President Joe Biden on Tuesday placed Vice President Kamala Harris in charge of his administration’s efforts to pass voting rights legislation and promised to battle an “unprecedented assault on our democracy” from Republican-controlled state legislatures.
“We’re going to be ramping up our efforts to overcome again,” Biden said in a speech in Tulsa, Oklahoma, to commemorate the 100th anniversary of the massacre of Black residents there. “I’m going to fight like heck with every tool at my disposal.”
Biden’s comments ― and his decision to hand Harris a high-profile task ― are likely to soothe voting rights activists, who have occasionally worried about the administration’s dedication to passing H.R. 1, an omnibus law aimed at reforming American democracy, and the more narrowly targeted John Lewis Voting Rights Act, which aims to block state-level voter suppression efforts.
In a statement released after Biden’s speech, Harris promised to work with “voting rights organizations, community organizations, and the private sector to help strengthen and uplift efforts on voting rights nationwide” and to work with Congress “to help advance these bills.”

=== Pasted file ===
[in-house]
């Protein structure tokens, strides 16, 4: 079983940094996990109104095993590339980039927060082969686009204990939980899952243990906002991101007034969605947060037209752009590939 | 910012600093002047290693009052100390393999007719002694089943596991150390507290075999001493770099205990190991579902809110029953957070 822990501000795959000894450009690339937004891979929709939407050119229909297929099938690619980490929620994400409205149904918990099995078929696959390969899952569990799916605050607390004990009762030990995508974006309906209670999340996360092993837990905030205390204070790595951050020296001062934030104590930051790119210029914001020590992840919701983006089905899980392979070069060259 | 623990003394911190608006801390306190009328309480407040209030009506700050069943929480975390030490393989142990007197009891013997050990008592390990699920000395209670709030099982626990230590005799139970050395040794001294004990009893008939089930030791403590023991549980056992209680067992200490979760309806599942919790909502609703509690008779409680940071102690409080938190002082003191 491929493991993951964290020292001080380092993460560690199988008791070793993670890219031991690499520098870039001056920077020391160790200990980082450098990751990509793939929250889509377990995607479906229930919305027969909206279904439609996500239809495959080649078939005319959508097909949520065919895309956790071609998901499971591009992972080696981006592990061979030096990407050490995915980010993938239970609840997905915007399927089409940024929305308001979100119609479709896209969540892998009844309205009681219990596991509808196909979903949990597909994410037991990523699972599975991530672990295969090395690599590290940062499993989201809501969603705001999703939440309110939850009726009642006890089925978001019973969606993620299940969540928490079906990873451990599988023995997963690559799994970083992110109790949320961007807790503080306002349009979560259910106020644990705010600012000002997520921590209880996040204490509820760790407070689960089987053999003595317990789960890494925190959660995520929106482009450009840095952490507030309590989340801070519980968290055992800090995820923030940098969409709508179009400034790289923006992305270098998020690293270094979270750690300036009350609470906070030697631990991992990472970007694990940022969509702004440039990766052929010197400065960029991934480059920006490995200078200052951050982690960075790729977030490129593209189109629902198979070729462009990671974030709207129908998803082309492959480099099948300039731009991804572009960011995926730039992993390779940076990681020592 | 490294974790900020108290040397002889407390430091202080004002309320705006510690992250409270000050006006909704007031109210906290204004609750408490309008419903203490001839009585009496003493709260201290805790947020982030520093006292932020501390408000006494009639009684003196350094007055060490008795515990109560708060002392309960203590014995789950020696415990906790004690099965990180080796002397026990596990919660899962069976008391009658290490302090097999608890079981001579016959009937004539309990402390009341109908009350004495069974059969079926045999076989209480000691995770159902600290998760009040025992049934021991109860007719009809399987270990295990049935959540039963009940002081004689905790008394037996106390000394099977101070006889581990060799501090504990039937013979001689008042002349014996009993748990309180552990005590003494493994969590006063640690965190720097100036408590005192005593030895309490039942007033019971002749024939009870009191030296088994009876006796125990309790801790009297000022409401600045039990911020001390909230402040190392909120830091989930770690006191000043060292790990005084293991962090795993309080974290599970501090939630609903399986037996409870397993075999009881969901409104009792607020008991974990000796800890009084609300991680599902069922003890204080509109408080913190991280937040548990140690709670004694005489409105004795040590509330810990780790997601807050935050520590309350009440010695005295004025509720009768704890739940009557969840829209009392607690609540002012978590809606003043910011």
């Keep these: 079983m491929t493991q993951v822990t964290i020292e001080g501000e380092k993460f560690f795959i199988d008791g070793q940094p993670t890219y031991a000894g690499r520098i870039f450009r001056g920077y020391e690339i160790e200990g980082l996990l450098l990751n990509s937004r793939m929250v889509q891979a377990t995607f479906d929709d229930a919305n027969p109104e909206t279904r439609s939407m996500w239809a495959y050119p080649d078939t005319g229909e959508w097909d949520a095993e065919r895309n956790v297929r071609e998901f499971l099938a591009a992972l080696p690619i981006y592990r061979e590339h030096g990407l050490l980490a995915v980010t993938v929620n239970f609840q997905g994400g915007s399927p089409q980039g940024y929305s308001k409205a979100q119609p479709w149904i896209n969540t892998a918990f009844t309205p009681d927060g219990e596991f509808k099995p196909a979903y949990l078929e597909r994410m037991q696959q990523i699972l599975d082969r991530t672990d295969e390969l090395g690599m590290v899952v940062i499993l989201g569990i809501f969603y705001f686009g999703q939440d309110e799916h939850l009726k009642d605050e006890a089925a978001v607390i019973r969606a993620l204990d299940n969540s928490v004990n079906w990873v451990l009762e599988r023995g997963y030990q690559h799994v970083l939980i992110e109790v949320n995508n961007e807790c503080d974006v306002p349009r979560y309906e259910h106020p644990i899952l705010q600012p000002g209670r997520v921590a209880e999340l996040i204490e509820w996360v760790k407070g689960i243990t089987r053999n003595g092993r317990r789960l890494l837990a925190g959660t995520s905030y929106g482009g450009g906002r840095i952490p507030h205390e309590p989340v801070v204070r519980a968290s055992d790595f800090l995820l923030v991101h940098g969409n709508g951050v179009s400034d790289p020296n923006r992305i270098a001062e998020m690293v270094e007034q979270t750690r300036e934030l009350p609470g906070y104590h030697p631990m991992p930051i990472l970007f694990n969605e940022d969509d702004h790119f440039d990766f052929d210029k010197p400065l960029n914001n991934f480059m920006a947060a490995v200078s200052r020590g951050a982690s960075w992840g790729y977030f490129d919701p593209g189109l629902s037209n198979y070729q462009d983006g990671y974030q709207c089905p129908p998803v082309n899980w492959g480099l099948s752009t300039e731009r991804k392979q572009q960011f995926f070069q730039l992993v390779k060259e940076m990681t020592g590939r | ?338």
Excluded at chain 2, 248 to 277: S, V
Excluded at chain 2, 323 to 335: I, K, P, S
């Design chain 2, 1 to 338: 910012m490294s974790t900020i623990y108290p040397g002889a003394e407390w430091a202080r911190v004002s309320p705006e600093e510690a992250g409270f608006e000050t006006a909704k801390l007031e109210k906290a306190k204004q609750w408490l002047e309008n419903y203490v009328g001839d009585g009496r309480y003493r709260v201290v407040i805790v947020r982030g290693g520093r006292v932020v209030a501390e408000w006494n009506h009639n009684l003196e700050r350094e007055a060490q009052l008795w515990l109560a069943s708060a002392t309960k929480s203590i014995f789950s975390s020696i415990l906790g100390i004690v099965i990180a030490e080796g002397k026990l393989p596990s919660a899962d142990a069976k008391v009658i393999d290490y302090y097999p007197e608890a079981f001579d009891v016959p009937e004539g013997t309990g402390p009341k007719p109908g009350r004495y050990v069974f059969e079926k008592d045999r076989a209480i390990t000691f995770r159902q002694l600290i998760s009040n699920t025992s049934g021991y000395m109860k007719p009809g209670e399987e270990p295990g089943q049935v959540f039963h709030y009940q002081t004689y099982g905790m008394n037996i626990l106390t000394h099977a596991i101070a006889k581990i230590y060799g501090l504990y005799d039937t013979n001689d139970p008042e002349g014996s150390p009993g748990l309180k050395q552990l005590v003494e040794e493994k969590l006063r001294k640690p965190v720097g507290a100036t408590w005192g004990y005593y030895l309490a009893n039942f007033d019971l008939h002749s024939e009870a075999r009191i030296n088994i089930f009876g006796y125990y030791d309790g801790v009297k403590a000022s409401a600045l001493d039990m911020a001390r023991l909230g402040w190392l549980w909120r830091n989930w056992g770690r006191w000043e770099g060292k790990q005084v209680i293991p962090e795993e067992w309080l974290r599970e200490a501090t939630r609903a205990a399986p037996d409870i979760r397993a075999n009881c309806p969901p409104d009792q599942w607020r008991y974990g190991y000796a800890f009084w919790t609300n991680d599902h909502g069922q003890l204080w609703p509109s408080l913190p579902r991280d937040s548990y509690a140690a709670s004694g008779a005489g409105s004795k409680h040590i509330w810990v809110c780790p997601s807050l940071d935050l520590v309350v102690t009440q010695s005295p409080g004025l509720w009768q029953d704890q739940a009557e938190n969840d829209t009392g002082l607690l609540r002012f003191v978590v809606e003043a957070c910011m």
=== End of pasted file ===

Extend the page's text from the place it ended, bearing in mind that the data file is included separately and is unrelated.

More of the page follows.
“Our Administration will not stand by when confronted with any effort that keeps Americans from voting,” Harris promised.
In his speech, Biden directly noted the difficulty of passing such laws.
“I hear all the folks on TV, ‘Why doesn’t Biden get this done?’” he said. “Well, because Biden only has a majority of effectively four votes in the House and a tie in the Senate, with two members of the Senate who vote more with our Republican friends.”
Biden’s comments were likely referencing Democratic Sens. Joe Manchin of West Virginia and Kyrsten Sinema of Arizona, who have both declared staunch opposition to weakening or eliminating the Senate’s 60-vote requirement to pass most legislation. Sinema supports H.R. 1, while Manchin does not.
While the two are considered the most centrist Democrats in the Senate, both typically vote with their party.
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